Even though crime rates in American have either stabilized or gone down, the incarceration rate (especially for people who are in this country illegally) has gone up – way up. (As this video points out, more people are being incarcerated on civil charges, not criminal.)
Naturally, as with most changes in this country, this has more to do with profit than anything else – and now we find that Wells Fargo is a major shareholder in for-profit prisons. Hmm. So this is what’s taken the place of mortgages as the banking cash cow? From Salon:
As Wells Fargo has grown over the years, using its bailout funds to gobble up rival Wachovia and expand to the East Coast, so has the U.S. prison population. By 2008, one in 100 American adults were either in jail or in prison – and one in nine black men between the ages of 20 and 34, many simply for non-violent offenses, justice not so much blind as bigoted. Overall, more than 2.3 million people are currently behind bars, up 50 percent in the last 15 years, the land of the free now accounting for a full quarter of the world’s prisoners.
These developments are not unrelated.
A driving force behind the push for ever-tougher sentences is the for-profit prison industry, in which Wells Fargo is a major investor. Flush with billions in bailout money and an economic system designed to siphon wealth from the working class to the idle rich, Wells Fargo has been busy expanding its stake in the GEO Group, the second largest private jailer in America.
- At the end of 2011, Wells Fargo was the company’s second-largest investor, holding 4.3 million shares valued at more than $72 million. By March 2012, its stake had grown to more than4.4 million shares worth $86.7 million.
Unfortunately, it’s a safe investment. While a 50 percent growth in the number of human beings our society cages in rape factories may sound impressive – or perhaps the word is “revolting” – a study released last year by the Justice Policy Institute found that the private prison industry grew by more than 350 percent over the last decade and a half. While other industries of course benefit from state-granted privileges, companies like GEO profit by the state literally kidnapping and handing them clientèle, particularly as of late about-to-be-deported immigrants, of which President Barack Obama has ensured there is a steady, record-breaking supply.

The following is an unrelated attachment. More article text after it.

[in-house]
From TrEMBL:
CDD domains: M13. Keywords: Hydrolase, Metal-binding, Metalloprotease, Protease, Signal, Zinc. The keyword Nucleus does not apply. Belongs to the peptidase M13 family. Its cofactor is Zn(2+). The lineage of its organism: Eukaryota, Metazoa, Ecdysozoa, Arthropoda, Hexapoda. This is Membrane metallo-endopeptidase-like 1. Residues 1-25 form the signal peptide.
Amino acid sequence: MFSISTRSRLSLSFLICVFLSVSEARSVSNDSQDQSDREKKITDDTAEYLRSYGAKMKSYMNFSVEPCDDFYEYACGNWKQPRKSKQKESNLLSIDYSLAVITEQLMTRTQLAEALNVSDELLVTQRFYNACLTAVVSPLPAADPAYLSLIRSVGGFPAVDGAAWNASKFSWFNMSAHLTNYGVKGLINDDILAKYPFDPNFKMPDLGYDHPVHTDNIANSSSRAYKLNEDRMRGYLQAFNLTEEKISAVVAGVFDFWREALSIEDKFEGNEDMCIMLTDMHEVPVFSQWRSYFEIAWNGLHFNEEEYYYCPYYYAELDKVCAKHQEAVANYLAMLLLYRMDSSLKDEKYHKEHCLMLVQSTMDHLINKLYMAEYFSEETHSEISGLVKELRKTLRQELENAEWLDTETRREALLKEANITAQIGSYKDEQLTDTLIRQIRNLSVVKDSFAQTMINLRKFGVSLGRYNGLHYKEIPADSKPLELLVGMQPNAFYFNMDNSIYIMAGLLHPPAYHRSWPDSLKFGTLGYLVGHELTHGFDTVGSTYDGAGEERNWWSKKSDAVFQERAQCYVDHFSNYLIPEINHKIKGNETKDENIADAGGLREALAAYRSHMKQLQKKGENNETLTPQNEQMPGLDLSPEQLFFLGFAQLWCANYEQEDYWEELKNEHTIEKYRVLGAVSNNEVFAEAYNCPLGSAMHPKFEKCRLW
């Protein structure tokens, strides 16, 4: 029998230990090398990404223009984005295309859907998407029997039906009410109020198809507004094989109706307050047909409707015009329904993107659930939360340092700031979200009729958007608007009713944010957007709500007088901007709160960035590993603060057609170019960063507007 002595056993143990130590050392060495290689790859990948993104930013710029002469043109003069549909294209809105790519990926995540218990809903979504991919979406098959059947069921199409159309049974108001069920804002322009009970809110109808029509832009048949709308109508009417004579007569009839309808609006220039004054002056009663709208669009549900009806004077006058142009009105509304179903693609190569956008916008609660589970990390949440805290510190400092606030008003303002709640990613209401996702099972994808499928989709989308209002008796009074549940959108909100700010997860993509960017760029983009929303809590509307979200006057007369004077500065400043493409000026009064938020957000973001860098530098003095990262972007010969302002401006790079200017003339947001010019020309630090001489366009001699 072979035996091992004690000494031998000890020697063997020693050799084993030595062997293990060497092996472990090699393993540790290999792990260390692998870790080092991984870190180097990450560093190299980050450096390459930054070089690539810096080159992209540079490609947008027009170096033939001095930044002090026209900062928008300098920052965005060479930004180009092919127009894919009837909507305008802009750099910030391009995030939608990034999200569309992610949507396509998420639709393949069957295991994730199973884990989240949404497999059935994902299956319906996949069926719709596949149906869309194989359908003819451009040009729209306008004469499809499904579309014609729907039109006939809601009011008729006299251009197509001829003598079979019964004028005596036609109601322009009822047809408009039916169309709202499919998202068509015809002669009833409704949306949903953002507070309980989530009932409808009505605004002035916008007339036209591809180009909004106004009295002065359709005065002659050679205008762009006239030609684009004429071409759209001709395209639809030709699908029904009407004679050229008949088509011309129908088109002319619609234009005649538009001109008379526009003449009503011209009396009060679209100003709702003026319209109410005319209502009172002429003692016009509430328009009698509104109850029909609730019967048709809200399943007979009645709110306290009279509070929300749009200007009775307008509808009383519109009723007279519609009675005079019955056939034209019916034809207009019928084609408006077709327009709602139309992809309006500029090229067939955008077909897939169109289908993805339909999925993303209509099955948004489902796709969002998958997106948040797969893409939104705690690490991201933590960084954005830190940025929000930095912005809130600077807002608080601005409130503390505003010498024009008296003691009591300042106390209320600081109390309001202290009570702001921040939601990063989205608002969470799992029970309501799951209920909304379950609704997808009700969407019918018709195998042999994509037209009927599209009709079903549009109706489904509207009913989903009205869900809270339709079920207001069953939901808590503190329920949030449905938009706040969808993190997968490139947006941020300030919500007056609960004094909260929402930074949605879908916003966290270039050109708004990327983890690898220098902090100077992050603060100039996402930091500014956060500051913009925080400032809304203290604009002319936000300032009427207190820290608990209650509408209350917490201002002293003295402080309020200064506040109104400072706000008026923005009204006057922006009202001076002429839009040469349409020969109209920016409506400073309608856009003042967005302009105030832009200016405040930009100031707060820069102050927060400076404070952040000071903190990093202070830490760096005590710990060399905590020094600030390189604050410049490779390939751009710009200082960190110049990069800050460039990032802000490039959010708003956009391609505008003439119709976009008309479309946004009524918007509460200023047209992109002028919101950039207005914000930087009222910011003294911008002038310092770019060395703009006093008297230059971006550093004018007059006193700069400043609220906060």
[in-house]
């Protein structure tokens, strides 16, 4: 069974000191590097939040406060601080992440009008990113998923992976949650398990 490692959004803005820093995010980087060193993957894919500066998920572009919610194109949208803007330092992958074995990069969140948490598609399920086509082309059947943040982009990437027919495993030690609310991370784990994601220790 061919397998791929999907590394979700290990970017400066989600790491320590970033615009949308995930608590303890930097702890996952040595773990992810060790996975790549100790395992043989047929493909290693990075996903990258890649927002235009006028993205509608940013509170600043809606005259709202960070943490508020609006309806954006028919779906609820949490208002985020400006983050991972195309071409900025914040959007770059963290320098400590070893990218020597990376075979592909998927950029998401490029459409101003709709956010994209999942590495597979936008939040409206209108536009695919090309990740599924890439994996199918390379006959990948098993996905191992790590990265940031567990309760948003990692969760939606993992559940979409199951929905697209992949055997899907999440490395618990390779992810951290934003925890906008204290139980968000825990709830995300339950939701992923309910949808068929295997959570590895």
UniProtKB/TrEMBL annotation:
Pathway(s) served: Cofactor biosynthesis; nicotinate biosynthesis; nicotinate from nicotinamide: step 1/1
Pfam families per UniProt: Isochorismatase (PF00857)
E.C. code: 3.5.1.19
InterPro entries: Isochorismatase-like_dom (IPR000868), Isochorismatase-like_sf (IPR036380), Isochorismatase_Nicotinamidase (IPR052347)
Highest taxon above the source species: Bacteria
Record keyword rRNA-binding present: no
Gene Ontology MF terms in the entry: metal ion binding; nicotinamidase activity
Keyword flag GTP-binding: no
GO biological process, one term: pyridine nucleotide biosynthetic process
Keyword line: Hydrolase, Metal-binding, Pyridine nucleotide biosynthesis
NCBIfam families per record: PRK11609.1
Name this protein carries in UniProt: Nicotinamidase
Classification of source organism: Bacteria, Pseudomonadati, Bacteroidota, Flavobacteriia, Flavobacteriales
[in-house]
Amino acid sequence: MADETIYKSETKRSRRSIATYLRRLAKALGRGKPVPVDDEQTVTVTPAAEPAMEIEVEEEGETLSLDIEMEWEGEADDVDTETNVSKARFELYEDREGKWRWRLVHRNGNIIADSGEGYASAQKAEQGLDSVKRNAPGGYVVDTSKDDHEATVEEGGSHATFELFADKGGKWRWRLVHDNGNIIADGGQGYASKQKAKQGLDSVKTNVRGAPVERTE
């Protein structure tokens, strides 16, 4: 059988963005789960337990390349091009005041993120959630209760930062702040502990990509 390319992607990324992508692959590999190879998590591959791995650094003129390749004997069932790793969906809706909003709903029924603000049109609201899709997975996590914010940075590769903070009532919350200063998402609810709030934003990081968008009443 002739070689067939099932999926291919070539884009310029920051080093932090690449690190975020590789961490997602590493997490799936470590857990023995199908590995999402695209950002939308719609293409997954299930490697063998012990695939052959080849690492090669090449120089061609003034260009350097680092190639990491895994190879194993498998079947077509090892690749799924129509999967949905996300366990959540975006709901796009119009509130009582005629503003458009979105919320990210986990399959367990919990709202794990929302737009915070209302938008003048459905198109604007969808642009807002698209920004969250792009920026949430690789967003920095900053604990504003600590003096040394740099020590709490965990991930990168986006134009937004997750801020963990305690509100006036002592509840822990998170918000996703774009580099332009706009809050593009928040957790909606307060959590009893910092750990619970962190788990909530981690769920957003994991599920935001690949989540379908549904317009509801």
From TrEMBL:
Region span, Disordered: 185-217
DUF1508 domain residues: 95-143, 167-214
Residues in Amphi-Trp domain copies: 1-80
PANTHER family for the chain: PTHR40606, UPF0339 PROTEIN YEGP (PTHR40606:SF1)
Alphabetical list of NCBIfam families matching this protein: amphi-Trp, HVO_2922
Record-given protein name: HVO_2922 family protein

“All prisons are awful,” says Melanie Pinkert, an activist based in Washington, DC, who along with other members of Occupy DC’s “Criminal Injustice Committee” is helping lead a boycott of Wells Fargo, which just expanded to the nation’s capital. “But private prisons take it to the next level.” Indeed, a recent report from the U.S. Justice Department found that at one GEO-run juvenile facility in Mississippi, sexual abuse was endemic, “among the worst that we have seen in any facility anywhere in the nation.” According to the report, GEO staff demonstrated:
- Deliberate indifference to staff sexual misconduct and inappropriate behavior with youth;
- Use of excessive use of force by [prison] staff on youth;
- Inadequate protection of youth from youth-on-youth violence;
- Deliberate indifference to youth at risk of self-injurious and suicidal behaviors; and
- Deliberate indifference to the medical needs of youth.
These findings, shocking though they may seem, are not surprising. With an eye on maximizing quarterly profits, privately run facilities are even less inclined than state-run prisons to treat their involuntary customers humanely, skimping on health care and anything else that could hurt their bottom line, particularly programs aimed at reducing recidivism. As the ACLU noted in a report released late last year, “Not only is there little incentive to spend money on rehabilitation, but crime, at least in one sense, is good for private prisons: the more crimes that are committed, and the more individuals who are sent to prison, the more money private prisons stand to make.”
Sure makes me feel better that our Clerk of Court, Sharon Bock, has recently rewarded Wells Fargo with a Palm Beach contract to maintain the county’s funds. They kept their lucrative contract by dropping their banking fees when Bock’s office put out for bids.
WEST PALM BEACH, FLA. (April 3, 2012) – Clerk Sharon Bock is proud to announce a new banking contract with Wells Fargo that will save Palm Beach County approximately $1 million over the next three years.
Clerk Bock, who is the independently elected county Chief Financial Officer, presented details of the new contract to the Board of County Commissioners during their Tuesday meeting.
“My goal as the county’s chief financial watchdog is to negotiate on behalf of the taxpayer, so that they receive the best service at the lowest possible cost,” Clerk Bock said. “This new banking contract substantially reduces banking fees from prior years, and will save $1 million in taxpayer dollars over the three contract years.”
The new contract cuts Wells Fargo’s banking and other fees, which amounts to a savings of approximately $233,000 a year. The deal also maintains the county’s current level of earnings credits at 50 basis points, which is one of the highest rates offered in the nation.
As of today, Wells Fargo owns 408 homes in Palm Beach County (foreclosures) and continues to foreclose on thousands more…
If you haven’t closed your Wells Fargo account yet, this would be a good time to do so.